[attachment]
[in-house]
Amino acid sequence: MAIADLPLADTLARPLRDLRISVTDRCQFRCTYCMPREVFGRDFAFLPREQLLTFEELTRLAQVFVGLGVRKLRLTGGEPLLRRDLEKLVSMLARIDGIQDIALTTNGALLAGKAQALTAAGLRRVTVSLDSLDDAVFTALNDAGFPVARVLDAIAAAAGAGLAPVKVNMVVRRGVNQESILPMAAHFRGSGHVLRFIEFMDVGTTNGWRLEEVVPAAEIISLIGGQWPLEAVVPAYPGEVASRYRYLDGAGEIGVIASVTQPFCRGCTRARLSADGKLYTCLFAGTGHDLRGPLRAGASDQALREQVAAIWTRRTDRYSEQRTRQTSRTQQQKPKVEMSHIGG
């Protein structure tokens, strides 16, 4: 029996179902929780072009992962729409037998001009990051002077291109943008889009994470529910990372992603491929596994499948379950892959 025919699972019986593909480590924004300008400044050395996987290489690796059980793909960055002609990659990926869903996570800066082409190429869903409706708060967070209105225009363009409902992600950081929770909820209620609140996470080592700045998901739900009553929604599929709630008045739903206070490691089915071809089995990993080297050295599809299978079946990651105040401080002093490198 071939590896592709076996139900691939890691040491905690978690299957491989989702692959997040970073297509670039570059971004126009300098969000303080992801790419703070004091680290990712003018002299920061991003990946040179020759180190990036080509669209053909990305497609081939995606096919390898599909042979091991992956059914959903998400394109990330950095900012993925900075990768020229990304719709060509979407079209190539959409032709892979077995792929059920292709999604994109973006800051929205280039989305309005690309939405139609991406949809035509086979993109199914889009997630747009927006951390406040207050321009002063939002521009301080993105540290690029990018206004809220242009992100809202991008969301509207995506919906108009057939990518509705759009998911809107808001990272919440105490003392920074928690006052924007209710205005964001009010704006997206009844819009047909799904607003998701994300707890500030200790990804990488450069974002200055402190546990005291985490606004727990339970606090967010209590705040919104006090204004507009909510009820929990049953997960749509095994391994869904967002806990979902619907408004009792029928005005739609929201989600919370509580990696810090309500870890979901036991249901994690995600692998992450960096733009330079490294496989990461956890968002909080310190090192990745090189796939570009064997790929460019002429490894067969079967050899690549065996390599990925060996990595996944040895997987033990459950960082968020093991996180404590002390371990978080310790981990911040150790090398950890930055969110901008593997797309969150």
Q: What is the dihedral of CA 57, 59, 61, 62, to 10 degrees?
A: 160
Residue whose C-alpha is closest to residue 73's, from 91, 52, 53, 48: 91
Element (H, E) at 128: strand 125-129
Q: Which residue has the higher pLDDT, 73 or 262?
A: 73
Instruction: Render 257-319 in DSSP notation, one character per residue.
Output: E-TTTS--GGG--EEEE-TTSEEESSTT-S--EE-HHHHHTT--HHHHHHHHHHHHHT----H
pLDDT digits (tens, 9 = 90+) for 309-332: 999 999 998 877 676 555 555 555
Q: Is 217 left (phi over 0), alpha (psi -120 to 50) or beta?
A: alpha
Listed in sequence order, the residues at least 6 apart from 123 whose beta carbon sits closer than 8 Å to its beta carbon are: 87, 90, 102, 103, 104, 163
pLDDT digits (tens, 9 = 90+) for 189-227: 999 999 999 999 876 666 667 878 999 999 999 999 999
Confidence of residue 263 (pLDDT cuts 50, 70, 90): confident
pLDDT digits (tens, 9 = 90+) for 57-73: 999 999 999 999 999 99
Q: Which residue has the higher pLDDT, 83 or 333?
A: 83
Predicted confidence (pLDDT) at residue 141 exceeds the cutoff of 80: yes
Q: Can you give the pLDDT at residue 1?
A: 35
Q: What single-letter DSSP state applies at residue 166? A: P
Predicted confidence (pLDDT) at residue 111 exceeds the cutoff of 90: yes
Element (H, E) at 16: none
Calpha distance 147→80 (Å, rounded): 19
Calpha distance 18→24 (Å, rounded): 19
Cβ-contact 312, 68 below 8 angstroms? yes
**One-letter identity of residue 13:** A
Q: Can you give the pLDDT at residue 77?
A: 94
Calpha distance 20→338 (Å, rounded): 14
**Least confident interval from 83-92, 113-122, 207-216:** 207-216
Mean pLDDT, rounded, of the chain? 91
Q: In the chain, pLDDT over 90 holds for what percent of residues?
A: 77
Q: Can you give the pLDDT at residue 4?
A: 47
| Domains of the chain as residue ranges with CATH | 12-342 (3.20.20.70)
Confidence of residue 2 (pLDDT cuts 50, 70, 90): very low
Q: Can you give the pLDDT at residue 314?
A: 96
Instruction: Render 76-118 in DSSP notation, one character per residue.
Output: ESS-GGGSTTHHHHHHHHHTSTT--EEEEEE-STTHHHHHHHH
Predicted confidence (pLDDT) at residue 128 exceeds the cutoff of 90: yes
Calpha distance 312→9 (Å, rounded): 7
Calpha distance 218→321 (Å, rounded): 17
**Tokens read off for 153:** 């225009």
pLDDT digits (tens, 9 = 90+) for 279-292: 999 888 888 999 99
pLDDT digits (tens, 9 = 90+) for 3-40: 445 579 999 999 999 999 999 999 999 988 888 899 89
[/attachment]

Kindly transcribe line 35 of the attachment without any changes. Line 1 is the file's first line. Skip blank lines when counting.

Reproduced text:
Mean pLDDT, rounded, of the chain? 91